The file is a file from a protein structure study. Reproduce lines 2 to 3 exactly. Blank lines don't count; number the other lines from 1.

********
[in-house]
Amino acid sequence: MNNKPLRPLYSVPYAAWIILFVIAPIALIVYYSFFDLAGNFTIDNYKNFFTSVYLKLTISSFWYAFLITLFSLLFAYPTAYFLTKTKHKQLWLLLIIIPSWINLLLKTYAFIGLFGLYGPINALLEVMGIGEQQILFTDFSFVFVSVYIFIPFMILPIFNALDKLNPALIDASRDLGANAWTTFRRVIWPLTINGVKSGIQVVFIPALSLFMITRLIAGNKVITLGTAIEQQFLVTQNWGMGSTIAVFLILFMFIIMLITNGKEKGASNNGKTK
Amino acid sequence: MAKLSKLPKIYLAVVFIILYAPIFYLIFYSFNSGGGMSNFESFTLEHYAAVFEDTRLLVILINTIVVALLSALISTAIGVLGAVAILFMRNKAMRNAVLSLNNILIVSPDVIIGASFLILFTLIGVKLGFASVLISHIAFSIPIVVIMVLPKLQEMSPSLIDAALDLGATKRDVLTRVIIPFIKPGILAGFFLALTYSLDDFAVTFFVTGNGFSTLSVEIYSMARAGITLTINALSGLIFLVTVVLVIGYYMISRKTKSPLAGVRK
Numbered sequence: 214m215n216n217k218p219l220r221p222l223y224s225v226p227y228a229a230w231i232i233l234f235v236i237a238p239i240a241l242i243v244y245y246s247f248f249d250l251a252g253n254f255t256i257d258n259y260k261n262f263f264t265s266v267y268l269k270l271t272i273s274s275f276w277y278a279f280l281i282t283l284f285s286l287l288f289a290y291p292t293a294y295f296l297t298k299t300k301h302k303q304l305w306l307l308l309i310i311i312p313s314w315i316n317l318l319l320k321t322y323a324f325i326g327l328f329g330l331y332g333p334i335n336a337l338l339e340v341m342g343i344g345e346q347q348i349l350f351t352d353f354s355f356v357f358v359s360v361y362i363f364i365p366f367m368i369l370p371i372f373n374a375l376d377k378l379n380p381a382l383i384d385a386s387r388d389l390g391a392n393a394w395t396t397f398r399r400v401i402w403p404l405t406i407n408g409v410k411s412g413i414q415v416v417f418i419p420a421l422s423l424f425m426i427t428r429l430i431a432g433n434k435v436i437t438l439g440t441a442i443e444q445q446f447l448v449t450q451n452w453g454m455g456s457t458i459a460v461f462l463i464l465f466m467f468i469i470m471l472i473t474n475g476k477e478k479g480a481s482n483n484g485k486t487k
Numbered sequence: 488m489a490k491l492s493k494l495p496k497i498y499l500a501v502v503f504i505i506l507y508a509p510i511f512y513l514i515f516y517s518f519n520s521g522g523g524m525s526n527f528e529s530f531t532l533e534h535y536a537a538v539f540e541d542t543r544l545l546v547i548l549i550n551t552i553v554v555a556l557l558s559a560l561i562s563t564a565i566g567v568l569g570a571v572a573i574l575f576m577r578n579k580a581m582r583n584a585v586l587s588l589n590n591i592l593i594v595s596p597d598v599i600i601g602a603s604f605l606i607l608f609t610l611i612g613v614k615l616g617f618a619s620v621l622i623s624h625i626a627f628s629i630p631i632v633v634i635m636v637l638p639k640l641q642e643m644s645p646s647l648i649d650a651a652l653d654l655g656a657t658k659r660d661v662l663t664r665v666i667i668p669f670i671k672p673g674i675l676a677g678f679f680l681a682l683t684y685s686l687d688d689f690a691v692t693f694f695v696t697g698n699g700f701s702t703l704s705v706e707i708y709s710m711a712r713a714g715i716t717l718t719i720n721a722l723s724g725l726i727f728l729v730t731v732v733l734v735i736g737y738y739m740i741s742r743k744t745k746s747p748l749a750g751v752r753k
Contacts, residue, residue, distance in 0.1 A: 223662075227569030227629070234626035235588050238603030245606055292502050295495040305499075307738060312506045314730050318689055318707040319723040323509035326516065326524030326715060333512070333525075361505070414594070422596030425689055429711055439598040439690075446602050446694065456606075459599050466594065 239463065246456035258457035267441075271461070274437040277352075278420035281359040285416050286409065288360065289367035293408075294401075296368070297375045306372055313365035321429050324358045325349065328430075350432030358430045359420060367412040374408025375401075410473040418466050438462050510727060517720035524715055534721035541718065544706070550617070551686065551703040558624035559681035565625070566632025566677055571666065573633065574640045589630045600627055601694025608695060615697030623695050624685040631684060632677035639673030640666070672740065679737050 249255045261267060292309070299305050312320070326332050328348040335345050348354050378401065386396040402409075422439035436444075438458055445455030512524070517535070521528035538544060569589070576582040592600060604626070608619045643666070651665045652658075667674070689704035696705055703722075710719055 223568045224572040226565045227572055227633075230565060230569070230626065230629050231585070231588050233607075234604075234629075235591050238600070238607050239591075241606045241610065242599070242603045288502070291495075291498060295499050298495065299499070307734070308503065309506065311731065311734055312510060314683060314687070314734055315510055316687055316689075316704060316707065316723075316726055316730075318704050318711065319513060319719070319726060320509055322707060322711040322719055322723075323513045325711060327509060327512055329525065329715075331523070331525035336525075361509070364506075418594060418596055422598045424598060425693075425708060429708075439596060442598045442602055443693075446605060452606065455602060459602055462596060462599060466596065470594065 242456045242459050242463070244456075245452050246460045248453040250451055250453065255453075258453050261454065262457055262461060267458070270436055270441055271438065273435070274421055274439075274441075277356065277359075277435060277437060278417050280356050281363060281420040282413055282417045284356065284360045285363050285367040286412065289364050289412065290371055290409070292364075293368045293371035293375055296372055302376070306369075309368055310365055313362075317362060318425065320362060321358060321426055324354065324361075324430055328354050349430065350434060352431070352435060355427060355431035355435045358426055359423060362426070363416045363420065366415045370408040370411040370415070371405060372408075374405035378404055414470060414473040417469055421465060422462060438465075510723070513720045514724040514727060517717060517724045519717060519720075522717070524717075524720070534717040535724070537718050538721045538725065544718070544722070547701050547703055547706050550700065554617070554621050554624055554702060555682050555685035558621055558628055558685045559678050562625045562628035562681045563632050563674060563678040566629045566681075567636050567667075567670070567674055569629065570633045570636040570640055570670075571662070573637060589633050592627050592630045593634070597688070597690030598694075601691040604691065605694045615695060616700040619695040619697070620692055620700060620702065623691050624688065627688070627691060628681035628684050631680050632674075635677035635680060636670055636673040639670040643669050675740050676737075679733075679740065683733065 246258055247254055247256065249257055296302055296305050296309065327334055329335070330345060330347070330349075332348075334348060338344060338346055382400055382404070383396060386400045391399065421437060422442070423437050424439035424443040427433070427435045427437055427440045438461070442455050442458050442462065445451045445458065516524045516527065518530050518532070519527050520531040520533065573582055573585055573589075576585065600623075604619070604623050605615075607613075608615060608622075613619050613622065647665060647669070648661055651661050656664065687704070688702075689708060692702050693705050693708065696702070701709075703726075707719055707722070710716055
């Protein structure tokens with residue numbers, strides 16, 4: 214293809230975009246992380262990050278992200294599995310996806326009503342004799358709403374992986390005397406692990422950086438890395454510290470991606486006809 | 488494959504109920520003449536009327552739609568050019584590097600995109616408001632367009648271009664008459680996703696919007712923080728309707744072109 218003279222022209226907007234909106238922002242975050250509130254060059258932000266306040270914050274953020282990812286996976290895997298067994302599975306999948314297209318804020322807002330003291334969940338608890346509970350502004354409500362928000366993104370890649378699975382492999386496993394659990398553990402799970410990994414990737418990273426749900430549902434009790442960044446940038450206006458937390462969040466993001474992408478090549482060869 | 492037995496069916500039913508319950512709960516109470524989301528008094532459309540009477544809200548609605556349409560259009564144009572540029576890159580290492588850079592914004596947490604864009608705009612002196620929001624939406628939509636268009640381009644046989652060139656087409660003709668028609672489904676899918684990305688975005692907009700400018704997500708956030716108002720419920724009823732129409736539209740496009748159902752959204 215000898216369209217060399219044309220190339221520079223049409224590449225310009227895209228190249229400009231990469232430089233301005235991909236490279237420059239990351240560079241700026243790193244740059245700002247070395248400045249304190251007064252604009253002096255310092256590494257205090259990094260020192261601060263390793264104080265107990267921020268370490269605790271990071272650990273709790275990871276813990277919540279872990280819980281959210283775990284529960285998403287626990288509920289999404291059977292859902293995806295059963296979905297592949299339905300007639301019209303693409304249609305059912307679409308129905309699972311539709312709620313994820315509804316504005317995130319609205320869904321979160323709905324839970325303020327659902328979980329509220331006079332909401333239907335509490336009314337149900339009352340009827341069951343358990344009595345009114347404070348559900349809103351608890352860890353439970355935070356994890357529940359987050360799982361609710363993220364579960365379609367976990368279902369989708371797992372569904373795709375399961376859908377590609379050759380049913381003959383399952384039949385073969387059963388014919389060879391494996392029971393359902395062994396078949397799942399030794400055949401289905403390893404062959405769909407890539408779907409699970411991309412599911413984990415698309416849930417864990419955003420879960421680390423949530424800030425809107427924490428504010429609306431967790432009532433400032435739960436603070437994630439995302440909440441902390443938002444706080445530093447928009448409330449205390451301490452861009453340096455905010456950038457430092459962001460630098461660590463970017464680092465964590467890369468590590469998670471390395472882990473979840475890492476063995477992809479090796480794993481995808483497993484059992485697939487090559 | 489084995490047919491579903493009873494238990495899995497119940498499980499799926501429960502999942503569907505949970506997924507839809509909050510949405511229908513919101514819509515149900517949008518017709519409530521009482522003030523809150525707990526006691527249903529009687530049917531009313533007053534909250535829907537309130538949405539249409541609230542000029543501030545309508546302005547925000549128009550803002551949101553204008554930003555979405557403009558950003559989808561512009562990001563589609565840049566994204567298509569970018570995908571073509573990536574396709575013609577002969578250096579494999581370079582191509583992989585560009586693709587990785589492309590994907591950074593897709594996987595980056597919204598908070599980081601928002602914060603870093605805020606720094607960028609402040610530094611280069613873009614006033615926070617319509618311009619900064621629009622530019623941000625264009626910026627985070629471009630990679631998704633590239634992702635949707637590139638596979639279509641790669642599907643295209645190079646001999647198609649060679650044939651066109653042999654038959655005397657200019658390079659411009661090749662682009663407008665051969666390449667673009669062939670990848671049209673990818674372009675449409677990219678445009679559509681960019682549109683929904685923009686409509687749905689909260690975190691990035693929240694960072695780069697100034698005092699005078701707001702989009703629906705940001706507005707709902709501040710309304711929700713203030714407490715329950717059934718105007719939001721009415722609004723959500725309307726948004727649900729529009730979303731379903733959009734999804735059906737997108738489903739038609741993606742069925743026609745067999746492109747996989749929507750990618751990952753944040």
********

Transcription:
Amino acid sequence: MNNKPLRPLYSVPYAAWIILFVIAPIALIVYYSFFDLAGNFTIDNYKNFFTSVYLKLTISSFWYAFLITLFSLLFAYPTAYFLTKTKHKQLWLLLIIIPSWINLLLKTYAFIGLFGLYGPINALLEVMGIGEQQILFTDFSFVFVSVYIFIPFMILPIFNALDKLNPALIDASRDLGANAWTTFRRVIWPLTINGVKSGIQVVFIPALSLFMITRLIAGNKVITLGTAIEQQFLVTQNWGMGSTIAVFLILFMFIIMLITNGKEKGASNNGKTK
Amino acid sequence: MAKLSKLPKIYLAVVFIILYAPIFYLIFYSFNSGGGMSNFESFTLEHYAAVFEDTRLLVILINTIVVALLSALISTAIGVLGAVAILFMRNKAMRNAVLSLNNILIVSPDVIIGASFLILFTLIGVKLGFASVLISHIAFSIPIVVIMVLPKLQEMSPSLIDAALDLGATKRDVLTRVIIPFIKPGILAGFFLALTYSLDDFAVTFFVTGNGFSTLSVEIYSMARAGITLTINALSGLIFLVTVVLVIGYYMISRKTKSPLAGVRK